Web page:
Action to Fight Antimicrobial Resistance in the Food Supply

Print Version
Antibiotic Resistance (AR) and the Environment

Download a printable fact sheet [PDF – 2 pages] of this webpage.

Animals, like people, carry germs in their gut, including antimicrobial-resistant germs. The American food supply is among the safest in the world, but people can still get sick from foodborne infections or from having contact with food animals. These infections can be caused by antimicrobial-resistant germs. CDC is working to detect, respond, contain, and prevent resistant foodborne infections to protect people and save lives. Learn more about how resistance can spread in the food supply.

CDC implements activities outlined in the U.S. National Action Plan for Combating Antibiotic-Resistant Bacteria, released in 2015 and 2020. These activities are funded through CDC antimicrobial resistance investments, collectively known as CDC’s Antimicrobial Resistance (AR) Solutions Initiative. Through these investments, CDC is transforming how the nation combats antimicrobial resistance.

CDC Activities

Increasing Laboratory Capacity

  • Identifying foodborne antimicrobial-resistant bacteria, including Salmonella and Campylobacter, in all 50 states using whole genome sequencing, allowing for routine surveillance to predict antimicrobial resistance
  • Protecting communities by stopping antimicrobial-resistant bacteria that cause foodborne outbreaks
  • Using outbreak data to increase understanding of foodborne resistant germs to improve food safety

Supporting Innovation with Partners

  • Providing veterinarians and food animal producers tools, information, and training to improve antibiotic and antifungal use and infection prevention
  • Collaborating with food animal producers to ensure optimal antibiotic and antifungal use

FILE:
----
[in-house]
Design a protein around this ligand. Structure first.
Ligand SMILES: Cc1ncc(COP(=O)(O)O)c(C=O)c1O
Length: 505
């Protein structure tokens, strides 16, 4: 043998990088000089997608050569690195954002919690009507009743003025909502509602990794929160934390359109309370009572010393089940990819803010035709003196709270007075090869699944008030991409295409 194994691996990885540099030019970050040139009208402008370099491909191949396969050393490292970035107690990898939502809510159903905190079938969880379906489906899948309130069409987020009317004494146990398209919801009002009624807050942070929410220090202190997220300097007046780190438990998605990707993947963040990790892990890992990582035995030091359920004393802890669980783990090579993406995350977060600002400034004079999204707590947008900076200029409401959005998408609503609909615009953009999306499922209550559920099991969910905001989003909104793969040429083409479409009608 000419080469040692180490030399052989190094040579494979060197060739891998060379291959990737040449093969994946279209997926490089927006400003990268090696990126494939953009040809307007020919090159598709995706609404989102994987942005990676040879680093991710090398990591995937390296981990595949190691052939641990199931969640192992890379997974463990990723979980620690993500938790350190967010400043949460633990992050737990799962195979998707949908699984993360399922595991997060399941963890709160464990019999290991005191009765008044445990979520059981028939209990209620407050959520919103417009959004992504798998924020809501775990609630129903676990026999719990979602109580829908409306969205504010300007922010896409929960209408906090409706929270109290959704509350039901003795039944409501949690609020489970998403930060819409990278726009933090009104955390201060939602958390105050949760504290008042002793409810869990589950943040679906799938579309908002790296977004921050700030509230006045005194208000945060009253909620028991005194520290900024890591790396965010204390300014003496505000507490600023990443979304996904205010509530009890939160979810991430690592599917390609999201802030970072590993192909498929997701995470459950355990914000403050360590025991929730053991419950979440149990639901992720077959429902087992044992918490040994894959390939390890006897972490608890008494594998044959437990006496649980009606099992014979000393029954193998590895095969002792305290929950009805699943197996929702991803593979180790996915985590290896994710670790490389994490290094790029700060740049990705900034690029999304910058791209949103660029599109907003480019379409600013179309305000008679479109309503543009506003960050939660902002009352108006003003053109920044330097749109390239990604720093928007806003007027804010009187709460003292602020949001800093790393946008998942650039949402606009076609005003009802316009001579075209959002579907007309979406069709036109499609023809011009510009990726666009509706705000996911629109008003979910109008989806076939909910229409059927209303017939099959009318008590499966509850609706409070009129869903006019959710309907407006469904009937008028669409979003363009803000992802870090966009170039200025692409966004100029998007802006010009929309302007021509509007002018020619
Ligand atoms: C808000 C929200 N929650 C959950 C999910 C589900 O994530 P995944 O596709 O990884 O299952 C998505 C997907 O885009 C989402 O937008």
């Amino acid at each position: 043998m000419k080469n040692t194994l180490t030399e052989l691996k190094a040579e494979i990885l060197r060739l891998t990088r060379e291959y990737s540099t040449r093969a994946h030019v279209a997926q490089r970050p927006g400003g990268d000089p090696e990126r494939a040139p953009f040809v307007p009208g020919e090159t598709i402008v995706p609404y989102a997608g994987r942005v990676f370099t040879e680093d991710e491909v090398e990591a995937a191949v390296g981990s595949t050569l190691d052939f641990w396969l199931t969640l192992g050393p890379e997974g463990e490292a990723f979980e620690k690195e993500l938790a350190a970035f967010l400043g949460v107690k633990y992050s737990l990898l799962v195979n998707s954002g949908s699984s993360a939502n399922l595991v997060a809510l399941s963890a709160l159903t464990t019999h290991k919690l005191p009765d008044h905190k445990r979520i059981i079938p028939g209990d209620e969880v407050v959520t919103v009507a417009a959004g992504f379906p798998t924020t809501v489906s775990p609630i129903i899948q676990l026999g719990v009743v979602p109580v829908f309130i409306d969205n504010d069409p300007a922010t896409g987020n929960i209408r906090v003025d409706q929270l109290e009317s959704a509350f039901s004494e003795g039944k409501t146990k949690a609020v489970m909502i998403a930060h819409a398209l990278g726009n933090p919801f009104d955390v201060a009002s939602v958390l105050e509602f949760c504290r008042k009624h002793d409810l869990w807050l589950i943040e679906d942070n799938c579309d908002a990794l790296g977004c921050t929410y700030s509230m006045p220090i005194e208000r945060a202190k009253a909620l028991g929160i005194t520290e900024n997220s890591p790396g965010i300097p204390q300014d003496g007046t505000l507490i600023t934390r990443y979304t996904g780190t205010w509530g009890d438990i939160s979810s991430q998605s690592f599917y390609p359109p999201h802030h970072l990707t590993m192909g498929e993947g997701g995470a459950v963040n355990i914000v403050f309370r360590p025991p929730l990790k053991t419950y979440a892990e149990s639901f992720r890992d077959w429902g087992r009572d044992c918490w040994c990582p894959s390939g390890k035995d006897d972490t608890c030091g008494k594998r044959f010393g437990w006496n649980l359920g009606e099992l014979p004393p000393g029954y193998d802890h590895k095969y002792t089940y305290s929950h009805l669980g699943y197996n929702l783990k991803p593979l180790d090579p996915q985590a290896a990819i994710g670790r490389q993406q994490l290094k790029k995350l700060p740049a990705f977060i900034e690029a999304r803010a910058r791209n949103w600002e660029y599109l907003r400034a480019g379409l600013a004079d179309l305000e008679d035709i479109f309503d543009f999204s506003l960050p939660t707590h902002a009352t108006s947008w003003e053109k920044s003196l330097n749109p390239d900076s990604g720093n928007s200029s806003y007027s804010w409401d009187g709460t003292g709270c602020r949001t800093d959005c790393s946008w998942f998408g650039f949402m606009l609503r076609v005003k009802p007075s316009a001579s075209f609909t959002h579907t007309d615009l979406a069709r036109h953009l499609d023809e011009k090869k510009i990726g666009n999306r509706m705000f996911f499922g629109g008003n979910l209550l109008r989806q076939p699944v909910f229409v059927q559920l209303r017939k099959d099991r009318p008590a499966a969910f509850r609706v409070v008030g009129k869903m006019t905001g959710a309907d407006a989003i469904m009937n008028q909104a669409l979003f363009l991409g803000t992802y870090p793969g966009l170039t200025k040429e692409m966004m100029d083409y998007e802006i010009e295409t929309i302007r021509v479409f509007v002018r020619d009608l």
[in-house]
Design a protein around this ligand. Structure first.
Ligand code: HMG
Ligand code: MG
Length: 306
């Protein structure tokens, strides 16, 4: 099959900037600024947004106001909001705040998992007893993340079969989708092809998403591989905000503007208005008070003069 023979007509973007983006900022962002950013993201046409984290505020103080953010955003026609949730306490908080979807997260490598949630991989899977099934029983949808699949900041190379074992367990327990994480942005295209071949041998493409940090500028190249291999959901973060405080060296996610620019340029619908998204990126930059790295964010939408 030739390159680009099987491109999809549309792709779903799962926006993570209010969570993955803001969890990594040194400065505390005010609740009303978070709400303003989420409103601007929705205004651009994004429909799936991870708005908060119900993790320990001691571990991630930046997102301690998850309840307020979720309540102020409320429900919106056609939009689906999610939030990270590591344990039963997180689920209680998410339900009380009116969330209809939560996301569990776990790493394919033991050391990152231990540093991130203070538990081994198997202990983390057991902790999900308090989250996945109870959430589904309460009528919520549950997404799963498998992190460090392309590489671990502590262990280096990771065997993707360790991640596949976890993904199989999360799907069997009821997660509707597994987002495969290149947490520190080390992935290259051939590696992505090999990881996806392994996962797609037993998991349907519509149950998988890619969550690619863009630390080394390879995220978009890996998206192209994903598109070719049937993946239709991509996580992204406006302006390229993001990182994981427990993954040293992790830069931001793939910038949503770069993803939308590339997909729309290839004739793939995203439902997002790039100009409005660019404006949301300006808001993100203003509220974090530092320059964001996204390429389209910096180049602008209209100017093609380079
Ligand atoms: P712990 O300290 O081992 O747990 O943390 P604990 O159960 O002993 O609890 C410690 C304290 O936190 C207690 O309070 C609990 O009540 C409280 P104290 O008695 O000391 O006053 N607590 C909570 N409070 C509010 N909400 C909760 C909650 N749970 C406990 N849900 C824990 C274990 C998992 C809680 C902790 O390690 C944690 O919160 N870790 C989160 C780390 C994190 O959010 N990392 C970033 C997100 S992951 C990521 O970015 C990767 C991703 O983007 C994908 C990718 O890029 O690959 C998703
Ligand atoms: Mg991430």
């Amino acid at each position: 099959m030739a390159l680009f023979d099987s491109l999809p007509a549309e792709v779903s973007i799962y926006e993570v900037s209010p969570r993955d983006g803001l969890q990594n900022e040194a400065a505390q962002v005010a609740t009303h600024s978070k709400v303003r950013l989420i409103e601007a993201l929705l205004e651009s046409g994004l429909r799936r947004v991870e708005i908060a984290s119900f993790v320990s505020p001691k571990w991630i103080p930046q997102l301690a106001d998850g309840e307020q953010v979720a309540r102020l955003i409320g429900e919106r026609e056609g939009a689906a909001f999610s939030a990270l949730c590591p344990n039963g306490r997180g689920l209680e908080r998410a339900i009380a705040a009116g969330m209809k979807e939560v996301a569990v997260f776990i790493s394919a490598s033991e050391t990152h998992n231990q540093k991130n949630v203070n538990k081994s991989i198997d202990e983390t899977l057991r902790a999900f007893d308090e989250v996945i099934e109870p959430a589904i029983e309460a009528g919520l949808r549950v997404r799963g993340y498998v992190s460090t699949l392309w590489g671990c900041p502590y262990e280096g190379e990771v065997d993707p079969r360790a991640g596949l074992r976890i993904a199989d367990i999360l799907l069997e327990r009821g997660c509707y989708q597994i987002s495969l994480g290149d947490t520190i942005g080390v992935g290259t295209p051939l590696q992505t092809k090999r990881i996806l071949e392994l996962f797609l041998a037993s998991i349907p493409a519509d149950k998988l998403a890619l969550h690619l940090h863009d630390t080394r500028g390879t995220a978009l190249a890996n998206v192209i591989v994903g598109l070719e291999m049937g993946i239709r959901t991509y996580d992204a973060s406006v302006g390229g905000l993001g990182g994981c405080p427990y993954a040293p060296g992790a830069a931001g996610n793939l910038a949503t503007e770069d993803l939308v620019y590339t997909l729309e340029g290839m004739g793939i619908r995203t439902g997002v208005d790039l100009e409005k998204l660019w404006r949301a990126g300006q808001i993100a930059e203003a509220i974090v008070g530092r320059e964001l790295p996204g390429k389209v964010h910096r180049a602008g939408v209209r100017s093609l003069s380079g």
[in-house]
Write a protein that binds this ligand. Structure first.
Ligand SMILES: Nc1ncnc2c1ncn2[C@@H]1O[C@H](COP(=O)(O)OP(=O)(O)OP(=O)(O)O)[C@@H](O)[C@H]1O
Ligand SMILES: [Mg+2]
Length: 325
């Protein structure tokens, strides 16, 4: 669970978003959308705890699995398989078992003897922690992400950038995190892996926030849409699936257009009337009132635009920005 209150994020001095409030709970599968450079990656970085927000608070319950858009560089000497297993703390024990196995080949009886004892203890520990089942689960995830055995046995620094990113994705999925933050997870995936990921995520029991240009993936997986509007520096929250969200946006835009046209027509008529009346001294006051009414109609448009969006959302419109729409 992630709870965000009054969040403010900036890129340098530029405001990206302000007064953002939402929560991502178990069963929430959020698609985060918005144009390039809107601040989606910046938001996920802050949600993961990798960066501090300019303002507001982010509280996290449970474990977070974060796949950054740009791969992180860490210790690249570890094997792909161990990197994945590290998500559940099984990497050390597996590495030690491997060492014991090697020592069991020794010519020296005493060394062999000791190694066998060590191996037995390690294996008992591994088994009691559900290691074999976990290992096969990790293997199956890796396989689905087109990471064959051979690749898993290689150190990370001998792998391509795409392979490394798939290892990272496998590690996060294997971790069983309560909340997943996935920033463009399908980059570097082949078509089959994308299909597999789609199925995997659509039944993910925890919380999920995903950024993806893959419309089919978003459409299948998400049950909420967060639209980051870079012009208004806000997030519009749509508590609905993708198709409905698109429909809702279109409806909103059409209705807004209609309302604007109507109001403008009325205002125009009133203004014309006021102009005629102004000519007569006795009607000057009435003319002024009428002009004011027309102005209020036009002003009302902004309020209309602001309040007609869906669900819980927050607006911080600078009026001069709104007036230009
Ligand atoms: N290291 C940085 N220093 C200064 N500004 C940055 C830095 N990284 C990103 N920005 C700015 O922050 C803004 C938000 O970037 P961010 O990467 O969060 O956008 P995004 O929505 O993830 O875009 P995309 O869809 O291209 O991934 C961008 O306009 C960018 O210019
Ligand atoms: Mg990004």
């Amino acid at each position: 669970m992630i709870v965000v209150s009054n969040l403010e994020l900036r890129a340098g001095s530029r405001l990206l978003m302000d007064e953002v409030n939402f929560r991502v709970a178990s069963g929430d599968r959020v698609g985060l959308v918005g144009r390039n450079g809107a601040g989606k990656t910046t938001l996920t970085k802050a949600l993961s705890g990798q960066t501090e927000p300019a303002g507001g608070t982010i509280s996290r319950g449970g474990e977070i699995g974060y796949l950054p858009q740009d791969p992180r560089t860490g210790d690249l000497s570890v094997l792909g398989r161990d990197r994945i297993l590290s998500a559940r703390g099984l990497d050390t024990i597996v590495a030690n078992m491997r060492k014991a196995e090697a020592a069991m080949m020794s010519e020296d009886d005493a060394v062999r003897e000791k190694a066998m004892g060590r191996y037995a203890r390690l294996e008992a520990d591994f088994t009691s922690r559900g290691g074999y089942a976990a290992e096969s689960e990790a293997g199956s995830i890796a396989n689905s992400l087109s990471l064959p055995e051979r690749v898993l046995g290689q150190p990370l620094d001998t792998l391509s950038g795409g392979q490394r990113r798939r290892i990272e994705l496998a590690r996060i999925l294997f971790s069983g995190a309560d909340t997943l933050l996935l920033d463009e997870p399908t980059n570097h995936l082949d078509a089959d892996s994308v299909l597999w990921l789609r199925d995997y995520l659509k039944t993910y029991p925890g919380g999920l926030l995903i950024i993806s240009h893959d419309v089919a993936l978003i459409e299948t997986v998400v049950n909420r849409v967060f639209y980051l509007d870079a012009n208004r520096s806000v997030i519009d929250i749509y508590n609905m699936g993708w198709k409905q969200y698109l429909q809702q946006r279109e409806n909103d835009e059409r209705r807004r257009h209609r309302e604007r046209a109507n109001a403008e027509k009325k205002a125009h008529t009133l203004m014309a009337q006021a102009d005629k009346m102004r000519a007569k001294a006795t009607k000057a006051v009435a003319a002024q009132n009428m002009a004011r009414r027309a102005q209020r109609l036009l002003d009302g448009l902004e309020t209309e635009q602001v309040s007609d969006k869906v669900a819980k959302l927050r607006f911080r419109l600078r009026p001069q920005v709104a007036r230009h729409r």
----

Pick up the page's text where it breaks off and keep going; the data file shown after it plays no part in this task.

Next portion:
• Identifying gaps in knowledge related to resistance, the environment, and human and animal health to implement new ways to prevent antimicrobial-resistant infections and their spread

Strengthening Data Across One Health

  • Expanded tracking of antimicrobial resistance data from animals, farms, and production facilities
  • Establishing new ways to collect antimicrobial resistance data from the environment, including water and soil, to better understand its impact on human health
  • Supporting research to better understand and improve the use of diagnostics in veterinary care

Additional Work in Progress

  • Doubling state and local antimicrobial resistance infrastructure to advance work across the United States
  • Slowing the emergence of antimicrobial resistance and prevent the spread of resistant germs
  • Expanding domestic capacity to fight antimicrobial resistance in the environment across the food supply chain

Examples of CDC Activities in Action

  • Each year, CDC’s National Antimicrobial Resistance Monitoring System (NARMS) performs whole genome sequencing on tens of thousands of isolates (pure samples of germs) for fast identification of antimicrobial-resistant outbreaks and to track overall trends in resistance
  • During multistate outbreaks, CDC shares whole genome sequencing data with state, local, and federal agencies through the System for Enteric Disease Response, Investigation, and Coordination (SEDRIC) information technology platform
  • CDC provides funding and technical assistance to One Health projects led by state partners that examine antibiotic and antifungal use and primary causes of the spread of resistant germs in people and animals, such as working with partners from Ohio State University and calf producers to increase producer awareness and use of educational materials